9. Nice, sarcastic car comments from Downunder:
  10. tones

    Interesting Job Vacancy

    Must say neither Bets nor Chuck look particularly pleased to be there. Chuck in particular looks as if he'd really rather be somewhere else. When the job does fall vacant, here's what happens: Wonder whether Chuck will choose to be Chuck III? The pedigree isn't good - Chuck I lost his head and Chuck II died relatively young of a seizure.
  11. tones

    DUP/TORY coalition

    With respect, I don't think that's true. The DUP was Ian Paisley's creation, and it was the political entity of his very conservative Free Presbyterian Church (a sort of Bible Belt-type church). Unlike Sinn Féin, which was the political arm of the IRA, the DUP was never the political arm of any Loyalist paramilitary organisation. The UVF had a political wing, the Protestant Unionist Party, the Red Hand Commando never did have one, but was closely allied with the UVF. The biggest Loyalist group was the UDA, which had a paramilitary offshoot, the UFF - as a result, the UDA remained a legal organisation for quite some time, until it was realised that it and the UFF were one and the same thing. That the DUP and the various paramilitary groups had similar objectives in mind and equally abhorrent ideas, and perhaps even had members in common, is undoubtedly true. That the DUP is and ever was directly affiliated with a terrorist organisation is highly dubious. The DUP has enough negatives against its name without inventing new ones. However, it does deserve some credit for bringing peace to my homeland. Its willingness to talk to Sinn Féin and to agree to kick the can (reunification of Ireland, in respect of which the parties are as far apart as ever) far, far down the road, with pressure and support from Westminster and Dublin, brought about the Good Friday Agreement. As I walked through the centre of Belfast a couple of weeks ago, seeing the nice new shops and lively cafes, and getting mixed up in a boisterous but very good-humoured demonstration parade for Irish language rights, and thinking back to the way things used to be, I had reason to be grateful for the late Messrs. Paisley and McGuinness. Having said that, I think Mrs May needs her head read for wanting to cohabit with these troglodytes!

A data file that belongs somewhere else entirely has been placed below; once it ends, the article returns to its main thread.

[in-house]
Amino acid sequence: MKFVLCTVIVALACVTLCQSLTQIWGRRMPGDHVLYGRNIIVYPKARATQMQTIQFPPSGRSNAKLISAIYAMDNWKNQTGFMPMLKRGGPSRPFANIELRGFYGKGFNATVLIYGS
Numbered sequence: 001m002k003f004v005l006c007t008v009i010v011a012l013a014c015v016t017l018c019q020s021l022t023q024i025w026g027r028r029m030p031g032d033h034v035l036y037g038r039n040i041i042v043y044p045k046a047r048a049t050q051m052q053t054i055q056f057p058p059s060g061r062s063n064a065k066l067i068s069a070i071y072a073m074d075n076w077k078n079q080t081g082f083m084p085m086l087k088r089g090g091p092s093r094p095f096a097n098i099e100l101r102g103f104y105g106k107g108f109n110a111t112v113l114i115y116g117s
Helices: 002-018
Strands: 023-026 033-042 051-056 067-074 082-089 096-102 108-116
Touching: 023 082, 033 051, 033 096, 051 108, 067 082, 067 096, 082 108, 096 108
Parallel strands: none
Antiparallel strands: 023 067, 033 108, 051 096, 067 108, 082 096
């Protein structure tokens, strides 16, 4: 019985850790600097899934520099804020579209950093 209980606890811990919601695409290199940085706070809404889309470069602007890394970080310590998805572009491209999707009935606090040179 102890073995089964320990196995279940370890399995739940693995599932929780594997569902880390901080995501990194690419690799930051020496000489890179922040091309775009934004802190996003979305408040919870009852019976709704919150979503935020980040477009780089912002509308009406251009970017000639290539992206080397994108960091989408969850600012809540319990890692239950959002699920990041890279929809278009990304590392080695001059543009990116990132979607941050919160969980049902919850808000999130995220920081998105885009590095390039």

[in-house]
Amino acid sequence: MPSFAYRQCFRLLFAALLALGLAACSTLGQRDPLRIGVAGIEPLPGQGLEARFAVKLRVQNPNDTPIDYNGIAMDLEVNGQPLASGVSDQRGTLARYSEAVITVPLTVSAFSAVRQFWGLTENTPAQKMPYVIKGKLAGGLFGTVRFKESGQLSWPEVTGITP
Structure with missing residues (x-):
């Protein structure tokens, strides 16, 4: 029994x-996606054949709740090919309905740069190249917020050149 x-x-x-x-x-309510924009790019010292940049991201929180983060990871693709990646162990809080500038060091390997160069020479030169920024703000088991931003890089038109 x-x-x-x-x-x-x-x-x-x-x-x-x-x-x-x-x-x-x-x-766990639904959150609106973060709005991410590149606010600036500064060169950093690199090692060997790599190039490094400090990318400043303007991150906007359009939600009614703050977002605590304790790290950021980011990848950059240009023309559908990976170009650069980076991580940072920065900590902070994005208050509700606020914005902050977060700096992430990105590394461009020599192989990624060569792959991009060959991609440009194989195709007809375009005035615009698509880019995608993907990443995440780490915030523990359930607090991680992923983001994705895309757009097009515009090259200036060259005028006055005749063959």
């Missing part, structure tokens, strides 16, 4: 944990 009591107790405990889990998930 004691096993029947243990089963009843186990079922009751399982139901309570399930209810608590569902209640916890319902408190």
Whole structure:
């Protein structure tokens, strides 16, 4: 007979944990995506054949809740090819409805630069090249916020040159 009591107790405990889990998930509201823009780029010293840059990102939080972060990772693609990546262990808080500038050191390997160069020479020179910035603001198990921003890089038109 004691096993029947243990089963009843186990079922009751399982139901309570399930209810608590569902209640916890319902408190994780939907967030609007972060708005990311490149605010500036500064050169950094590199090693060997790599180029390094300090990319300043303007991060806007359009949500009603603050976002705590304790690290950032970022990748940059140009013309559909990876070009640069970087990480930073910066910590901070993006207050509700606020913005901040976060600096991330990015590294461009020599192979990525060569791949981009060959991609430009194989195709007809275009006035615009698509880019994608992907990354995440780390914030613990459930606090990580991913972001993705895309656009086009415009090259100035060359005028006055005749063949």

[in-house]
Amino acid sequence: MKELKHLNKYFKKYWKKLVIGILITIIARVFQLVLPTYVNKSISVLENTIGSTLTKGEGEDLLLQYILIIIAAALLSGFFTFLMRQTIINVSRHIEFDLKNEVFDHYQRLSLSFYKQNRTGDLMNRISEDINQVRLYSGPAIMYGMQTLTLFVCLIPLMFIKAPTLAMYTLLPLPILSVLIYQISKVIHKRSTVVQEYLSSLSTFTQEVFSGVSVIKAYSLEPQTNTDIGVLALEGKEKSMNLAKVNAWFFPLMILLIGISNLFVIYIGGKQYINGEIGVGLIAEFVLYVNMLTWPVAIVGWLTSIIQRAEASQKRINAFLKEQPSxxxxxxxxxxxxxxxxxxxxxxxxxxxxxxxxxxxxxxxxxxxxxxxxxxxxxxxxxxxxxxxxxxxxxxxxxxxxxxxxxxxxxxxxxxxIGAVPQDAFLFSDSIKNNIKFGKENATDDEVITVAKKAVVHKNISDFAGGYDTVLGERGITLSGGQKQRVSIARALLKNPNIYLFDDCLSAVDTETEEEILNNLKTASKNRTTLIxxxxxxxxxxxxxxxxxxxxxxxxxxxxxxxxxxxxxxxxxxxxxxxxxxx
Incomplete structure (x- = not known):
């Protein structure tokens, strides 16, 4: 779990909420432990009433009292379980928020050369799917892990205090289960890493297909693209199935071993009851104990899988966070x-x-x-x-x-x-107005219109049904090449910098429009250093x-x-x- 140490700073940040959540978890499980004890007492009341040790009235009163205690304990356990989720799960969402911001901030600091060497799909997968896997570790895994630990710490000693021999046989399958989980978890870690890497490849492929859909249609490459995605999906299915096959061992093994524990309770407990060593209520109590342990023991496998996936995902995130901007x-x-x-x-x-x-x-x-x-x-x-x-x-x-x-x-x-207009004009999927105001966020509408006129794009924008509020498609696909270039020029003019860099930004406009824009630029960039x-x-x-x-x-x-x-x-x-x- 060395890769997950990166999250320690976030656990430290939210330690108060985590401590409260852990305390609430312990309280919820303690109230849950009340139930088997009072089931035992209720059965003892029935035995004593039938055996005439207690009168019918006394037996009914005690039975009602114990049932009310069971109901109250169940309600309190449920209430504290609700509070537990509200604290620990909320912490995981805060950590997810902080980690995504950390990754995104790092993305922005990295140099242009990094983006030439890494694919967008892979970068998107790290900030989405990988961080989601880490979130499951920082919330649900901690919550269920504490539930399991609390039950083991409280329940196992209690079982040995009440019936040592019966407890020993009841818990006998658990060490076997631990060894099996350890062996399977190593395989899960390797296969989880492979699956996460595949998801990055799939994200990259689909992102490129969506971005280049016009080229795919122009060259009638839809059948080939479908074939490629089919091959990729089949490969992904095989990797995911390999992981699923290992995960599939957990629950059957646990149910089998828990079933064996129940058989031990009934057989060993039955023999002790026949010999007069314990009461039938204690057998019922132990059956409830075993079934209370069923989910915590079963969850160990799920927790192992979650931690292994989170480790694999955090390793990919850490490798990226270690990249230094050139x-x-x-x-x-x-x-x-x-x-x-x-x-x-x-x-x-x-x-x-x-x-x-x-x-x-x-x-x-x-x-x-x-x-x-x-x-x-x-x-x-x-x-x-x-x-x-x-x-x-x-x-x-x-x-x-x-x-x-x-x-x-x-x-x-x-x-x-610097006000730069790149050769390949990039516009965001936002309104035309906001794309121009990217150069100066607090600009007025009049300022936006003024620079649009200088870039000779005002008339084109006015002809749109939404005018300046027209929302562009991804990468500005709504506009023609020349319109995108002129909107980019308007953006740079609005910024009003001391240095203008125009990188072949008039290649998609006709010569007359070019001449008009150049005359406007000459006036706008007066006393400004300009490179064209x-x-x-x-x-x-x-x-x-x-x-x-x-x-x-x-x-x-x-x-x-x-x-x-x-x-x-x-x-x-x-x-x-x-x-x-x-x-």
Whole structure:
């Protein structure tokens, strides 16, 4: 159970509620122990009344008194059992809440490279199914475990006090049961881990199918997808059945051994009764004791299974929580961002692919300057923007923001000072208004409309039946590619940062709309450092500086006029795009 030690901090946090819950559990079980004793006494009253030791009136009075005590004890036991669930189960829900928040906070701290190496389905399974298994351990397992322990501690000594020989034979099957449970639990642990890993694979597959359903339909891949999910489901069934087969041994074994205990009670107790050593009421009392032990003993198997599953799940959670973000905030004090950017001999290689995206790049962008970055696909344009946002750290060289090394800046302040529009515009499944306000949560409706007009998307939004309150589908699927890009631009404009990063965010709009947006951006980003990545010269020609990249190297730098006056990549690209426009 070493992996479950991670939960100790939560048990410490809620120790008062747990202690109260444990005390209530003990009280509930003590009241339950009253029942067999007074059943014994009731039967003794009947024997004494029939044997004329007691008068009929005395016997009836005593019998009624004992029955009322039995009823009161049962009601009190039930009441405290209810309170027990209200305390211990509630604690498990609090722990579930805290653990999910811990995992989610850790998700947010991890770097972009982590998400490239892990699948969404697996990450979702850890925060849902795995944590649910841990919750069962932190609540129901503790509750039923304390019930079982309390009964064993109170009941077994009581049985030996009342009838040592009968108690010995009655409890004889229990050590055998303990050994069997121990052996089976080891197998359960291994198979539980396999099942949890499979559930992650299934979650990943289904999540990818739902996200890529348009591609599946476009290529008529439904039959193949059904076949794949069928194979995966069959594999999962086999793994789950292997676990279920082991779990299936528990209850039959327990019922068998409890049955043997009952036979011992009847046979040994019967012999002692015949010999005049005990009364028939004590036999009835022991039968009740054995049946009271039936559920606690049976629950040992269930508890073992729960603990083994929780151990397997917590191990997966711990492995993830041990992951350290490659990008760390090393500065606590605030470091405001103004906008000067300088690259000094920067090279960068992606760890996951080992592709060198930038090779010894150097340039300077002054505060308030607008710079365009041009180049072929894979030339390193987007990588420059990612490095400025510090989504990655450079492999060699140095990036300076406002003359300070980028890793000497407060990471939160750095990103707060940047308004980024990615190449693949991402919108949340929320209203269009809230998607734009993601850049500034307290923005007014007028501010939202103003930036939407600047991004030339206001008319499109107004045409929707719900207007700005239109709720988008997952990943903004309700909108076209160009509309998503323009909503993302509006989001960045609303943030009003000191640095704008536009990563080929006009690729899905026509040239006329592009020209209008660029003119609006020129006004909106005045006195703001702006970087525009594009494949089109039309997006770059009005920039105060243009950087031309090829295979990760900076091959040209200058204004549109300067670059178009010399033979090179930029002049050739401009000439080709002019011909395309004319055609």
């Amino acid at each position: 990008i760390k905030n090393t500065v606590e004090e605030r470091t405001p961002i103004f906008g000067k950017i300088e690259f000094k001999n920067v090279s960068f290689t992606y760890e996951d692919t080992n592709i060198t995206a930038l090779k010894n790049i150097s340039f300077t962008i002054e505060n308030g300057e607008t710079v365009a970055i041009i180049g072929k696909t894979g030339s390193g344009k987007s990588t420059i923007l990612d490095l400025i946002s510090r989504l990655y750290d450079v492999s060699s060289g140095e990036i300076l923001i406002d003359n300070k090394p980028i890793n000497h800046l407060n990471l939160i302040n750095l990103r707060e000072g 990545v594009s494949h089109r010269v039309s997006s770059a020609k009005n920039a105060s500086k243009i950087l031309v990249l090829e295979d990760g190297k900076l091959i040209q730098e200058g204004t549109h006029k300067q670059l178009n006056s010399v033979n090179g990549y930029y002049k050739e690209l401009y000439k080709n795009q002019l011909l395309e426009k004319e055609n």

12. tones

    Finally back into vinyl

    Hmm, I actually didn't intend to start a vinyl v. digital debate, i was just amused by the coincidence of Shuggy's original post, he getting enthusiastically into vinyl as I was enthusiastically getting out. The last records ever will be played this weekend at Château Tones, and that's curtains. As a predominantly classical listener, I have always hated the shortcomings of vinyl, but, as Mrs. Thatcher famously put it, there is no alternative. As soon as there was, I moved. I only had vinyl because I'm ancient and precede CD. Why not both? Why? Digital is, to my ears, at least as good (in the classical field usually superior), and a lot more convenient, so, as Mr. Morrison would have said: This is the end, my friend This is the end, my vinyl friend, the end... and I say:
  13. tones

    Finally back into vinyl

    My entire record collection comes from there! (Much of it from the good ol' World Record Club in Hartwell).
  14. tones

    Finally back into vinyl

    I had about 400, all but one purchased before the advent of CD (and that one only because it never appeared on CD). Yes, I can give it up with no regret whatsoever, because, to my ears, it is no better than CD. Indeed, it is somewhat worse, because of the inevitable clicks and pops on the records. And I find the whole business of records a bit of a bore now. I know folk regard the entire vinyl ritual as part of the listening experience, so much more, well, hi-fi, than shoving a little disc in a drawer and pressing a button. I'm afraid I'm a unapologetic button presser. Anyway, both records and LP12 will go to good homes which will appreciate them. I can completely understand why people like vinyl, and good luck to them. It's just not for me.